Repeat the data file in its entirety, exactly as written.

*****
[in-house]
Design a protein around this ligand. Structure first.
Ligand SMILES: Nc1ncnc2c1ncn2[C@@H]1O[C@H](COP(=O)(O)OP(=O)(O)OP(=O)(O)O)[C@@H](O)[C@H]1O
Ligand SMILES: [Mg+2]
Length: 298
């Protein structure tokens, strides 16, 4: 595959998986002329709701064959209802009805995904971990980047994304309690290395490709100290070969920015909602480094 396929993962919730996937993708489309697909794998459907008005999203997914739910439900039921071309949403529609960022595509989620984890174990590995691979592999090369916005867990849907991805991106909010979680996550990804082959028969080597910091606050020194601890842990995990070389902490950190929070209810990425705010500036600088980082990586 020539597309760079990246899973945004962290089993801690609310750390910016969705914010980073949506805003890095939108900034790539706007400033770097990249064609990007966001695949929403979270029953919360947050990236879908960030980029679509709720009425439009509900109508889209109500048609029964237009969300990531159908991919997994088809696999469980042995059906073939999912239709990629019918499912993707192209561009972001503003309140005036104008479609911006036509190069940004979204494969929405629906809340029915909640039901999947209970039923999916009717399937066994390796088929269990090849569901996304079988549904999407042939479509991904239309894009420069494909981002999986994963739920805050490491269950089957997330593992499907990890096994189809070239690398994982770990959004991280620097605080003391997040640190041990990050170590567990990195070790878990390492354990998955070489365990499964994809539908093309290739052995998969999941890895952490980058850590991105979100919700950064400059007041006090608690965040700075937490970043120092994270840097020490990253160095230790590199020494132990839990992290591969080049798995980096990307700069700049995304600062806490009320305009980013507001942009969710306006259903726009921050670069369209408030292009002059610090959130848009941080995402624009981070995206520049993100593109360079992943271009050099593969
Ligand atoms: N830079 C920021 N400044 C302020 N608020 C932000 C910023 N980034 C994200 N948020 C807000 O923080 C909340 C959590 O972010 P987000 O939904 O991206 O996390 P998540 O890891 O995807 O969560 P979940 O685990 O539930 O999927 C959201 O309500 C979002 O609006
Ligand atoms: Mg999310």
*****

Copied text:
[in-house]
Design a protein around this ligand. Structure first.
Ligand SMILES: Nc1ncnc2c1ncn2[C@@H]1O[C@H](COP(=O)(O)OP(=O)(O)OP(=O)(O)O)[C@@H](O)[C@H]1O
Ligand SMILES: [Mg+2]
Length: 298
């Protein structure tokens, strides 16, 4: 595959998986002329709701064959209802009805995904971990980047994304309690290395490709100290070969920015909602480094 396929993962919730996937993708489309697909794998459907008005999203997914739910439900039921071309949403529609960022595509989620984890174990590995691979592999090369916005867990849907991805991106909010979680996550990804082959028969080597910091606050020194601890842990995990070389902490950190929070209810990425705010500036600088980082990586 020539597309760079990246899973945004962290089993801690609310750390910016969705914010980073949506805003890095939108900034790539706007400033770097990249064609990007966001695949929403979270029953919360947050990236879908960030980029679509709720009425439009509900109508889209109500048609029964237009969300990531159908991919997994088809696999469980042995059906073939999912239709990629019918499912993707192209561009972001503003309140005036104008479609911006036509190069940004979204494969929405629906809340029915909640039901999947209970039923999916009717399937066994390796088929269990090849569901996304079988549904999407042939479509991904239309894009420069494909981002999986994963739920805050490491269950089957997330593992499907990890096994189809070239690398994982770990959004991280620097605080003391997040640190041990990050170590567990990195070790878990390492354990998955070489365990499964994809539908093309290739052995998969999941890895952490980058850590991105979100919700950064400059007041006090608690965040700075937490970043120092994270840097020490990253160095230790590199020494132990839990992290591969080049798995980096990307700069700049995304600062806490009320305009980013507001942009969710306006259903726009921050670069369209408030292009002059610090959130848009941080995402624009981070995206520049993100593109360079992943271009050099593969
Ligand atoms: N830079 C920021 N400044 C302020 N608020 C932000 C910023 N980034 C994200 N948020 C807000 O923080 C909340 C959590 O972010 P987000 O939904 O991206 O996390 P998540 O890891 O995807 O969560 P979940 O685990 O539930 O999927 C959201 O309500 C979002 O609006
Ligand atoms: Mg999310």